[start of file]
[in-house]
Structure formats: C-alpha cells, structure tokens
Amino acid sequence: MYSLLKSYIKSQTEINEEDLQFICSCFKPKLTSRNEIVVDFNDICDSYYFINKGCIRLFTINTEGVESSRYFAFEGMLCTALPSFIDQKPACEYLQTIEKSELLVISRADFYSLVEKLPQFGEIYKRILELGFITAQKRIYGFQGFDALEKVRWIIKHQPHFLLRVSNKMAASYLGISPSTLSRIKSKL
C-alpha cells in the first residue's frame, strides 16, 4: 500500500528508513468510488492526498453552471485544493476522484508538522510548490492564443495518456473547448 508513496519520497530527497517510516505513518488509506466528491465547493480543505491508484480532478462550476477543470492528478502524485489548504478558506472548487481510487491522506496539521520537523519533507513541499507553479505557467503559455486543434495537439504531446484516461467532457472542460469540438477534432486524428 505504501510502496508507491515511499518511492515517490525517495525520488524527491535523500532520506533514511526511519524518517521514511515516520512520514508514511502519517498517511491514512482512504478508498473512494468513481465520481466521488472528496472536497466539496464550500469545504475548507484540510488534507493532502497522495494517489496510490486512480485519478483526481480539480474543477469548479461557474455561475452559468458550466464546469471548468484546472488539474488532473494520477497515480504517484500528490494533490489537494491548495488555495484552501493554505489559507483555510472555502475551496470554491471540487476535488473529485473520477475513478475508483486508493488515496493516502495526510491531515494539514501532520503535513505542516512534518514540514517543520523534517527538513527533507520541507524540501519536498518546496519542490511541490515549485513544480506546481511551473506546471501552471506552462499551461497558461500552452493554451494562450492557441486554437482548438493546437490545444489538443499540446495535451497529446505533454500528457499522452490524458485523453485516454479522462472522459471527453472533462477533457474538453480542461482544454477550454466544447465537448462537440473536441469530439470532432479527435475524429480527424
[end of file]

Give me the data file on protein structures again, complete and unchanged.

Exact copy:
[in-house]
Structure formats: C-alpha cells, structure tokens
Amino acid sequence: MYSLLKSYIKSQTEINEEDLQFICSCFKPKLTSRNEIVVDFNDICDSYYFINKGCIRLFTINTEGVESSRYFAFEGMLCTALPSFIDQKPACEYLQTIEKSELLVISRADFYSLVEKLPQFGEIYKRILELGFITAQKRIYGFQGFDALEKVRWIIKHQPHFLLRVSNKMAASYLGISPSTLSRIKSKL
C-alpha cells in the first residue's frame, strides 16, 4: 500500500528508513468510488492526498453552471485544493476522484508538522510548490492564443495518456473547448 508513496519520497530527497517510516505513518488509506466528491465547493480543505491508484480532478462550476477543470492528478502524485489548504478558506472548487481510487491522506496539521520537523519533507513541499507553479505557467503559455486543434495537439504531446484516461467532457472542460469540438477534432486524428 505504501510502496508507491515511499518511492515517490525517495525520488524527491535523500532520506533514511526511519524518517521514511515516520512520514508514511502519517498517511491514512482512504478508498473512494468513481465520481466521488472528496472536497466539496464550500469545504475548507484540510488534507493532502497522495494517489496510490486512480485519478483526481480539480474543477469548479461557474455561475452559468458550466464546469471548468484546472488539474488532473494520477497515480504517484500528490494533490489537494491548495488555495484552501493554505489559507483555510472555502475551496470554491471540487476535488473529485473520477475513478475508483486508493488515496493516502495526510491531515494539514501532520503535513505542516512534518514540514517543520523534517527538513527533507520541507524540501519536498518546496519542490511541490515549485513544480506546481511551473506546471501552471506552462499551461497558461500552452493554451494562450492557441486554437482548438493546437490545444489538443499540446495535451497529446505533454500528457499522452490524458485523453485516454479522462472522459471527453472533462477533457474538453480542461482544454477550454466544447465537448462537440473536441469530439470532432479527435475524429480527424